Portion sizes in the average U.S. diet have increased over the past few decades. Restaurants have contributed to this trend, especially fast-food outlets. A 2019 review of three major studies showed caloric content of fast-food offerings increased significantly over the years, driven mainly by larger portion sizes.
I used to order larger entrees when dining because I thought I wouldn't be satisfied if I ordered something smaller. Then I thought, "If I order the smaller portion and the restaurant would happily take my order for more food if I'm still hungry." Once I started doing this, I occasionally ordered more food but not often.
I've always been mystified by the term "appetizer," defining food that precedes the main course. It seems to suggest my appetite will be increased for the gustatorial experience yet to come. Unfortunately, I sometimes have eaten the equivalent of a regular meal before the entrée by mindlessly grazing among the appetizer trays. (Tortilla chips are the worst.)
For this type of food, I like the French word "hors d'oeuvres," which translates to 'outside the work." By classifying appetizers as separate meals, I've been able to manage this food experience better. For example, I modestly fill a single small plate one time. This helps prevent appetizer overload.
Alcohol… Resistance is Futile
In Star Trek: The Next Generation, the Borg aliens would tell their victims, "Resistance is futile." To me, alcohol is the Borg in my efforts at managing caloric balance.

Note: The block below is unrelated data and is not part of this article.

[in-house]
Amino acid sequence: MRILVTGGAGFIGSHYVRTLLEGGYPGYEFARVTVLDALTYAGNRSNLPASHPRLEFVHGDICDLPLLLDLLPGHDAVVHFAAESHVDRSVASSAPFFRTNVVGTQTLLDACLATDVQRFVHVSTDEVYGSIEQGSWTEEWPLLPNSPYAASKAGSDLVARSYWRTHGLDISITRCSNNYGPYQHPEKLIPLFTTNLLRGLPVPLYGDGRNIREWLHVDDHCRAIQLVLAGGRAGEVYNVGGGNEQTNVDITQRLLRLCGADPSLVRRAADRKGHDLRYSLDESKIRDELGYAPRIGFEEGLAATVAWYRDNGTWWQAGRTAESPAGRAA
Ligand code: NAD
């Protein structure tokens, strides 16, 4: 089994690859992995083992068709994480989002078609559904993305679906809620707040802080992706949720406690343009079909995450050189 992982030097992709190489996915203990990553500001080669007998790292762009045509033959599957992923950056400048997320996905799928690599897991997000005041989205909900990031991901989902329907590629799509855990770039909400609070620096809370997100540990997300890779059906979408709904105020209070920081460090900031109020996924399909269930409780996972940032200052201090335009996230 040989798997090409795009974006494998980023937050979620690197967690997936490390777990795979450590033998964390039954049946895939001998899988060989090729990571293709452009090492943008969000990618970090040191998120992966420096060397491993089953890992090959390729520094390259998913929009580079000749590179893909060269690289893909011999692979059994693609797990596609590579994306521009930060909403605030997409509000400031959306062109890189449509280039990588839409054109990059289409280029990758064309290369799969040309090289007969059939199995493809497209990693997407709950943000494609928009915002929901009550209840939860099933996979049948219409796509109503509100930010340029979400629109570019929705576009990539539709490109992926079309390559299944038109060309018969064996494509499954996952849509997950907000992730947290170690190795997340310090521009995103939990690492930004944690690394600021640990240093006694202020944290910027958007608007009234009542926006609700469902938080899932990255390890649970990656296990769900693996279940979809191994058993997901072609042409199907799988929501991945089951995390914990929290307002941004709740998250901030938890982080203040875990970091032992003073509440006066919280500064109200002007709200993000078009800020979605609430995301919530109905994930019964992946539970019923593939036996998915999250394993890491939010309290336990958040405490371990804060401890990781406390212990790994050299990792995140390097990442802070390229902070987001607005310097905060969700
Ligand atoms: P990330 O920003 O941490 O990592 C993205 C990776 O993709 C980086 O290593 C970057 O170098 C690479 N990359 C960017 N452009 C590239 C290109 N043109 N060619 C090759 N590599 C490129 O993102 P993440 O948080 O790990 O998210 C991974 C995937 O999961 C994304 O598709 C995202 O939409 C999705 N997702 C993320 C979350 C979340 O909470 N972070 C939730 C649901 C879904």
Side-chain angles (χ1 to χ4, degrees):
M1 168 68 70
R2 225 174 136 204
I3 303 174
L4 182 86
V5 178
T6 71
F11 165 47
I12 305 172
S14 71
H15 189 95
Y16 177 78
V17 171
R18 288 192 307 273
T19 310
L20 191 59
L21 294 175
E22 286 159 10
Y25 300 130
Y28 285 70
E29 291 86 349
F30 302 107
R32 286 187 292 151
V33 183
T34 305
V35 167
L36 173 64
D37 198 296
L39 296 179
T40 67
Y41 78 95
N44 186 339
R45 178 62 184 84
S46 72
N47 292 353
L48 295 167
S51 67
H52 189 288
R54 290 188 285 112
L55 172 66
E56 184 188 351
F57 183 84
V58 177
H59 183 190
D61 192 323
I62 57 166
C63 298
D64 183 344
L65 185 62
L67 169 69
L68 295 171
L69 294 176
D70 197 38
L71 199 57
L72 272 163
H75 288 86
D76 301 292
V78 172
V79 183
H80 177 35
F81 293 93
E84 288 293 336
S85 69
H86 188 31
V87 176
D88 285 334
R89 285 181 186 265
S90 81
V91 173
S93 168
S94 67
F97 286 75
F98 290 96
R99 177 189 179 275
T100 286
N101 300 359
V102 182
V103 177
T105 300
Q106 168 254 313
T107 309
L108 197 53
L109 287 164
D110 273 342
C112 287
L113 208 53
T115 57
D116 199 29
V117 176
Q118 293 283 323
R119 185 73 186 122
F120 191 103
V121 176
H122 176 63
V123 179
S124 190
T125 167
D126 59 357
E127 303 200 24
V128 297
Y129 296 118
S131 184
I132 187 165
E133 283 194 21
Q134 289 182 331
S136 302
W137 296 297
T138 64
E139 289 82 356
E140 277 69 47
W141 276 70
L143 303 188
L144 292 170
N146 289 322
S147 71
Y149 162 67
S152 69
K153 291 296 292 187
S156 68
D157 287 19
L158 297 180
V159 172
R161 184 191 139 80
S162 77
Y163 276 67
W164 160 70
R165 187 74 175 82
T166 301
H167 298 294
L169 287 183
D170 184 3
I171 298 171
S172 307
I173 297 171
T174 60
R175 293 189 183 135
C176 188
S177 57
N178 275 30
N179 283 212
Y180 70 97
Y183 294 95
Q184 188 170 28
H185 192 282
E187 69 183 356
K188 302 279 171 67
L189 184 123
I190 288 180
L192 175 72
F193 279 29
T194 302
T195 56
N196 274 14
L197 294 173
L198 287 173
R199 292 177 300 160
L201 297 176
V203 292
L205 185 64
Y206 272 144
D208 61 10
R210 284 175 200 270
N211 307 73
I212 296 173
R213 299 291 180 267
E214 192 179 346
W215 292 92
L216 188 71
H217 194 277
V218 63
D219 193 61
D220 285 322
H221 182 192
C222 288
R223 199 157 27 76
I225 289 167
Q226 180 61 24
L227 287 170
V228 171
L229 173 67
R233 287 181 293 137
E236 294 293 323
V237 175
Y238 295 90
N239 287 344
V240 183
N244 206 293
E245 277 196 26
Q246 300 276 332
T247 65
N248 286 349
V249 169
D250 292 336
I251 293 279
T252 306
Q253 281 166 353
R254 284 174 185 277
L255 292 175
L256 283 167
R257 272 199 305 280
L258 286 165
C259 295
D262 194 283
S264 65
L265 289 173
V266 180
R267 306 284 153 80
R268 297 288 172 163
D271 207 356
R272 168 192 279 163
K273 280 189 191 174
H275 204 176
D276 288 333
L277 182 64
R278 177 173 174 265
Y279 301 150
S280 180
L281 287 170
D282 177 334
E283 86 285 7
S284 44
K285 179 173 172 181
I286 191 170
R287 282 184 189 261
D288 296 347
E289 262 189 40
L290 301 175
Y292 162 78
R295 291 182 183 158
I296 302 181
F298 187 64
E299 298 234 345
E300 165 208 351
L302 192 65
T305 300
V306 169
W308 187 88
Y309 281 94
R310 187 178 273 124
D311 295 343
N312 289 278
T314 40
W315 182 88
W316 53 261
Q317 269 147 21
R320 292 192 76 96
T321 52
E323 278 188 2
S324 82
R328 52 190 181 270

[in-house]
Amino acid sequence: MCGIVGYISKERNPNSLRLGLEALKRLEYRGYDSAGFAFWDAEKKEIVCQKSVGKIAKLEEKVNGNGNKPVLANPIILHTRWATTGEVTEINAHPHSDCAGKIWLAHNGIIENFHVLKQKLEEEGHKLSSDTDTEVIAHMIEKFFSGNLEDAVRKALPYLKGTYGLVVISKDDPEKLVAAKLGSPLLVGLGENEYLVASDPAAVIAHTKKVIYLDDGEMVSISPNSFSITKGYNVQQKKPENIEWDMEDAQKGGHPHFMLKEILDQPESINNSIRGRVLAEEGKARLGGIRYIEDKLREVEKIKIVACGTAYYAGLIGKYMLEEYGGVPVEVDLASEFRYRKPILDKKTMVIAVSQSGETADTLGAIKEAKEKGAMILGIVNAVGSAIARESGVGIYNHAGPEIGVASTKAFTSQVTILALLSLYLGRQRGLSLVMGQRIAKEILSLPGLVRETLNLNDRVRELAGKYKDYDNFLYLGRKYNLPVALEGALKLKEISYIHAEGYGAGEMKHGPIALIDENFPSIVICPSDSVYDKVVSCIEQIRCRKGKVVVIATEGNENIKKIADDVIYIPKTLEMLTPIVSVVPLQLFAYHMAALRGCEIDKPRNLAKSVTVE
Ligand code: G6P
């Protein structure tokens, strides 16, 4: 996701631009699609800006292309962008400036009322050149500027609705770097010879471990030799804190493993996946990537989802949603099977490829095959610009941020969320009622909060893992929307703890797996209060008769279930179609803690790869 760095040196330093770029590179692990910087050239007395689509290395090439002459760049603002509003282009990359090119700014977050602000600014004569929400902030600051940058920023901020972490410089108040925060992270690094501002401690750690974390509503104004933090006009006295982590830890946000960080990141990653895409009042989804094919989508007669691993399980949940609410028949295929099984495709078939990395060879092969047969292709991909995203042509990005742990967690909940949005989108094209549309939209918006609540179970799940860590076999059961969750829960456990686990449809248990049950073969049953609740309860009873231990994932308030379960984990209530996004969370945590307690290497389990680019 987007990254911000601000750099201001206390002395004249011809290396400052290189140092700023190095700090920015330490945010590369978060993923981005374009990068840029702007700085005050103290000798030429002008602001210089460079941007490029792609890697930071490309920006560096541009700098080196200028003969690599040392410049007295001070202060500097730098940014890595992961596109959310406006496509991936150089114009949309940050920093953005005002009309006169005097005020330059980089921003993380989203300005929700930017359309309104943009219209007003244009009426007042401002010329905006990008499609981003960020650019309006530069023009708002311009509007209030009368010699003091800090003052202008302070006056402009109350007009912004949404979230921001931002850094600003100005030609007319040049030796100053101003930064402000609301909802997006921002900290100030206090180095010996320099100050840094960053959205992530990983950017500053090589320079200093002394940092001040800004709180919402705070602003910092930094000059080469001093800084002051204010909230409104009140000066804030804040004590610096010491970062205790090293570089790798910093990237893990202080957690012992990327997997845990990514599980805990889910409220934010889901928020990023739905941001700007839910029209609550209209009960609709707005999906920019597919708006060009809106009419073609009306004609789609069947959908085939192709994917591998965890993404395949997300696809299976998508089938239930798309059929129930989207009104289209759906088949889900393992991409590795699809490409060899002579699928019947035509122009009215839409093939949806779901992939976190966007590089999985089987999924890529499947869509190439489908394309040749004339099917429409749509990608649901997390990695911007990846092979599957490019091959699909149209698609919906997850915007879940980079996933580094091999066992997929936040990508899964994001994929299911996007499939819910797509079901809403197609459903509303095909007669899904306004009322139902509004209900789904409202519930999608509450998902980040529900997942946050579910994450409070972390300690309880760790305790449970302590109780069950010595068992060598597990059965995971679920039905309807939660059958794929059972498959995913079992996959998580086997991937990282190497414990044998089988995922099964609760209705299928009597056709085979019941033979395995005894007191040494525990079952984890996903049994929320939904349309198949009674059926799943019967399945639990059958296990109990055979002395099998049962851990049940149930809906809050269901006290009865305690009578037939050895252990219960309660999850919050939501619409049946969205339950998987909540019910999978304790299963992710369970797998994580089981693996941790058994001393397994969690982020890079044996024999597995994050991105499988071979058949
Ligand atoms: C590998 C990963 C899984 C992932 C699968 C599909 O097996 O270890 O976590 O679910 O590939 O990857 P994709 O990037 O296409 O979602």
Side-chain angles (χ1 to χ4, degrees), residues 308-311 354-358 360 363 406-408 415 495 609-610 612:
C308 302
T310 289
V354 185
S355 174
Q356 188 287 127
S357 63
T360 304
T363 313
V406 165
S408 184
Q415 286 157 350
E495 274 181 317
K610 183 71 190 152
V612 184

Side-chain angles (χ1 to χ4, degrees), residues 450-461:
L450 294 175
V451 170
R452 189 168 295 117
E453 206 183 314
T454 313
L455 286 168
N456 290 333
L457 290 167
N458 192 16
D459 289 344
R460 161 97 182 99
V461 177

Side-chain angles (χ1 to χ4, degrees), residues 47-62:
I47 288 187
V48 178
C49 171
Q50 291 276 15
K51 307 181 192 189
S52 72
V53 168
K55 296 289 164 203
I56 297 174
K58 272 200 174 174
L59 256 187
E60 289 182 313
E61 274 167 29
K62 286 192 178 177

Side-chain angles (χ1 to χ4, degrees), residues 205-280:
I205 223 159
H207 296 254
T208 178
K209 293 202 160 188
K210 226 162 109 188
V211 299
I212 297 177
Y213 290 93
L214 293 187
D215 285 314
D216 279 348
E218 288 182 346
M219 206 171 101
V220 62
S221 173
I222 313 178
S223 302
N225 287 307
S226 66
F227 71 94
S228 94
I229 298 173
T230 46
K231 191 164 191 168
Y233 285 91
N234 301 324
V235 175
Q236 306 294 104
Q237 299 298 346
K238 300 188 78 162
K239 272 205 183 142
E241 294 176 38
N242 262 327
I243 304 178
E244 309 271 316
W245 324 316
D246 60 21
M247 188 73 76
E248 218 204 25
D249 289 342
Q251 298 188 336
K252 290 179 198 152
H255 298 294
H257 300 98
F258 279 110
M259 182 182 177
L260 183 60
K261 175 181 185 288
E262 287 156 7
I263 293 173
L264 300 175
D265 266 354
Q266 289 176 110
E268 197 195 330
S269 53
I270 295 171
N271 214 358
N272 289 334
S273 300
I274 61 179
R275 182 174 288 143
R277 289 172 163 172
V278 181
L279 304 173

Alcohol is most notorious for delivering lots of calories by volume. For example, two pints of my beloved India Pale Ale clock in at 500 calories, the equivalent of a generous chocolate cake slice. On the other hand, many alcoholic options have significantly fewer calories.
I contend, however, the more significant threat from alcohol is the lowering of inhibitions. All the helpful caloric balance guidelines noted above get tossed overboard after a few drinks. Resistance may not be futile, but alcohol makes it more difficult, greatly increasing the danger of food binging.
My best success in resisting the alcohol Borg is to limit myself to two drinks per day, thereby cutting down on alcohol calories and keeping my good inhibitions raised.
Taking a Break
Despite all these helpful ideas for watching my weight, it sometimes feels stressful to stay on track. As a result, I allow myself to ease my eating and drinking guidelines on weekends, vacations, and holidays. This has helped me to stick to the overall plan in the long run.
The risk is taking too many break days in a row. It amazes me how fast weight can come back on. Weekends, for instance, can include Friday, Saturday, and Sunday. Consider treating Sunday like a weekday in terms of eating to avoid having too many "break" days in a row.
Staying in caloric balance can help in the quest to maintain a healthy weight. Experiment with these guidelines and others to find a combination of techniques that helps you best manage the input/output equation.